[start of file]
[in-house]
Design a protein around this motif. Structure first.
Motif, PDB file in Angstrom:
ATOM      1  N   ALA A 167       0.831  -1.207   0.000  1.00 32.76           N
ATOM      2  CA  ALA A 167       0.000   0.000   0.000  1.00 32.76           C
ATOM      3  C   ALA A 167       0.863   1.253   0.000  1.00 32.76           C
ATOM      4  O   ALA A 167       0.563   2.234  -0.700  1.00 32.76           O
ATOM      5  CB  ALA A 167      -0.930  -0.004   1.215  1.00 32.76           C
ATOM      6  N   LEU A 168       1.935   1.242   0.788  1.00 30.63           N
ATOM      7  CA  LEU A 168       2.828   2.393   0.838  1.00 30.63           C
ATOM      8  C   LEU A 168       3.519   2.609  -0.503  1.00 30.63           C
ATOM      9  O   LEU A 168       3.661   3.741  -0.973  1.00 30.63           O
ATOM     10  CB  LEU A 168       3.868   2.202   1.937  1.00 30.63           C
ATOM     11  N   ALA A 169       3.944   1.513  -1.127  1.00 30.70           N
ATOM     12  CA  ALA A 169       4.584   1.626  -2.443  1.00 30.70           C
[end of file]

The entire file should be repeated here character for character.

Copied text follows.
[in-house]
Design a protein around this motif. Structure first.
Motif, PDB file in Angstrom:
ATOM      1  N   ALA A 167       0.831  -1.207   0.000  1.00 32.76           N
ATOM      2  CA  ALA A 167       0.000   0.000   0.000  1.00 32.76           C
ATOM      3  C   ALA A 167       0.863   1.253   0.000  1.00 32.76           C
ATOM      4  O   ALA A 167       0.563   2.234  -0.700  1.00 32.76           O
ATOM      5  CB  ALA A 167      -0.930  -0.004   1.215  1.00 32.76           C
ATOM      6  N   LEU A 168       1.935   1.242   0.788  1.00 30.63           N
ATOM      7  CA  LEU A 168       2.828   2.393   0.838  1.00 30.63           C
ATOM      8  C   LEU A 168       3.519   2.609  -0.503  1.00 30.63           C
ATOM      9  O   LEU A 168       3.661   3.741  -0.973  1.00 30.63           O
ATOM     10  CB  LEU A 168       3.868   2.202   1.937  1.00 30.63           C
ATOM     11  N   ALA A 169       3.944   1.513  -1.127  1.00 30.70           N
ATOM     12  CA  ALA A 169       4.584   1.626  -2.443  1.00 30.70           C